For a number of small business owners who may be ready to sell their companies, the past few years have been a time to cut unnecessary expenses, make ends meet and to patiently wait for the market to rebound. There simply was no use in trying to sell the business when company revenues and profits were down. Low purchase-price valuations only made matters worse.

But 2010 saw a slight improvement in the business-for-sale market and many experts expect that 2011 will be a turning point for the industry. Financing options are improving for buyers and banks are putting a new focus on lending.

So, if you’re thinking of selling your business this year, here are four tips to maximize your profit.

Plan Ahead
Like they do for any big purchase, business buyers will do their research before signing on the dotted line. That means it’s important for sellers to be ready to demonstrate their business is worth the asking price. Make sure your financial records are in order. Keep a minimum of three years of documents, including tax returns and expense records. These are essential to establish buyer trust in the economic history of the business. Also, be sure to resolve any outstanding business issues. These can include short-term lease agreements, over-reliance on one or a few key customers and any outstanding legal issues.

Don’t forget the physical elements of the business as well. Take care of any building improvements such as painting the storefront, cleaning up the distribution facility or re-decorating the interior. The physical appearance is often the first impression a buyer gets, so make sure it’s a positive one.

Understand the Market
To set your asking price accurately, you need to know where your business stands in the market compared to other businesses for sale. Overestimating your value can lead to a long and difficult sale process, while underestimating will leave money on the table. Expect an improved selling environment in 2011, but don’t make the mistake of asking for pre-recessionary prices.

To determine the right price, find out what similar businesses have sold for or listed for recently. Websites like and allow you to search for similar listings based on factors such as industry, size and location. You can also purchase a valuation report to see detailed information on recent local sales.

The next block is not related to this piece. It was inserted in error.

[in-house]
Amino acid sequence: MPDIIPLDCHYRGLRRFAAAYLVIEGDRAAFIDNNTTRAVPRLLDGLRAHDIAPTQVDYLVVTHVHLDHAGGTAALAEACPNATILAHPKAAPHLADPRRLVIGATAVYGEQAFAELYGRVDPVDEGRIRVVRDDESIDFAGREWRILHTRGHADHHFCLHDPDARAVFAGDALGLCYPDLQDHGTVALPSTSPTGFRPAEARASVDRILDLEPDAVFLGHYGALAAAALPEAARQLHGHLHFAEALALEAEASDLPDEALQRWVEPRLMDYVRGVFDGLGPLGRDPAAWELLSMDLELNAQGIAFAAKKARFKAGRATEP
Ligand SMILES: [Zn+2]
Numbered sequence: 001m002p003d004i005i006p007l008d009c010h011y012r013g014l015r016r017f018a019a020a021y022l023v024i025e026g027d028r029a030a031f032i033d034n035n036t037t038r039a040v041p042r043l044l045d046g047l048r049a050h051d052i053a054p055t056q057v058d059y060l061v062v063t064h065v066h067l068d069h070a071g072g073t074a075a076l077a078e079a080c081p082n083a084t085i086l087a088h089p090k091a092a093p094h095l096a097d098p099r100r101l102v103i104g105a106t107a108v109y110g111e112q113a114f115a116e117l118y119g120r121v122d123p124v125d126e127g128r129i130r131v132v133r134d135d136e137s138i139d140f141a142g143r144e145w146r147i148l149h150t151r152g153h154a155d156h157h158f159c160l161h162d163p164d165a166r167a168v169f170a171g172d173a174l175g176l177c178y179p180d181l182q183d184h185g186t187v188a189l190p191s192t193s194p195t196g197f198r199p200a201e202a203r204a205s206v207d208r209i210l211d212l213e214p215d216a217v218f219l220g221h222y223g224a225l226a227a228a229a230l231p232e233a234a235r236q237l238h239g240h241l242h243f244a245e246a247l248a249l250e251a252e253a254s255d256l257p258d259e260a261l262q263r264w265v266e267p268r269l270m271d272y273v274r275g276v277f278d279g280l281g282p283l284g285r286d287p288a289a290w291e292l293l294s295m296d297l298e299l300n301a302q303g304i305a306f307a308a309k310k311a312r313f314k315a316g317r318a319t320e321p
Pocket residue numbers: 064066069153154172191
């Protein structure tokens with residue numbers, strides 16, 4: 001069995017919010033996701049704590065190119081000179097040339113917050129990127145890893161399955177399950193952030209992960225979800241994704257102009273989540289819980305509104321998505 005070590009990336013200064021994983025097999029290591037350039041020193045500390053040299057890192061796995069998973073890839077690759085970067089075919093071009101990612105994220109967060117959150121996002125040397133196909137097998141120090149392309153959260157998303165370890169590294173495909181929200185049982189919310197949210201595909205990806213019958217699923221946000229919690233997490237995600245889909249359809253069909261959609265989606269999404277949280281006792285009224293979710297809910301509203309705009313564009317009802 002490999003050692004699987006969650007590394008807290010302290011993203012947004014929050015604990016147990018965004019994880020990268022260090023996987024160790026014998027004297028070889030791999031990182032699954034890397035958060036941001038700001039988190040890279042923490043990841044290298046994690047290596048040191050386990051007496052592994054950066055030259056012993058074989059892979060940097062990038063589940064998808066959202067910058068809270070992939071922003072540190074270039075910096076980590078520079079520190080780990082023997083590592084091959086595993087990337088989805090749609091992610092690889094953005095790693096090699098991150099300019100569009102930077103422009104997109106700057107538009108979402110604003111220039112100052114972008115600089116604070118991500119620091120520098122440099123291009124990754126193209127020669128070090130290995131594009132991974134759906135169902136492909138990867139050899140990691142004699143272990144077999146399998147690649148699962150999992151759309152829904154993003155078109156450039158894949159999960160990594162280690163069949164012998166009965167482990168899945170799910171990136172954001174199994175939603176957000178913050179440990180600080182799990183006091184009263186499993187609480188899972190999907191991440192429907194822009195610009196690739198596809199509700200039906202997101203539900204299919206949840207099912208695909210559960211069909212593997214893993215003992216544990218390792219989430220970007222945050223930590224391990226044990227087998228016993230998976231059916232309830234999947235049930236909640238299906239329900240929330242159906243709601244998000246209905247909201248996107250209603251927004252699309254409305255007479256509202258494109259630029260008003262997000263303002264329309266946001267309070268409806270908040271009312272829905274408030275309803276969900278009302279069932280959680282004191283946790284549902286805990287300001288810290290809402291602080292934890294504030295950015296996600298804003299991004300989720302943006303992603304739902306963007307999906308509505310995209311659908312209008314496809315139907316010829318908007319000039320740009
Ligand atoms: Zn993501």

Take a look at your own financials as well. If your business’ revenue and cash flow have declined, take that into consideration. Buyers will. Don’t be fooled into thinking they’ll pay you based on business results prior to the downturn. The goal is to set a price that will attract the greatest number of serious buyers and enable you to close a deal at the highest possible price.

Get the Word Out
One way to get a leg up on the competition and ensure the best possible outcome is to hire an accomplished business broker. Check broker references carefully and see if you can find additional references they don’t provide themselves.

If you choose to sell on your own then market aggressively. Put together a full marketing plan, including but not limited to getting your listings posted online, in the local newspapers and appropriate trade publications, and networking through friends and family.

Be Prepared To Offer Financing
In today’s market, seller financing is essential. While lending from local and national banks will continue to loosen based on the economic stimulus and the Small Business Jobs Act of 2010, banks are still almost universally requiring that seller financing is part of any deal they fund.

That means you’ll be required to take a minimum of 20 percent of the sale price in the form of a buyer note that the buyer will pay back over time, with interest. This also means that you’ll have an investment in the business even after the sale. The buyer and lender will expect you to participate in a successful transition with the new owner and to help get them off to a strong start.

Mike Handelsman is Group General Manager of–located in San Francisco–and, two business-for-sale marketplaces. Both sites feature business valuation tools that draw from the largest databases of sales comparables for recently sold small businesses, and two of the industry’s leading franchise directories.



%d bloggers like this: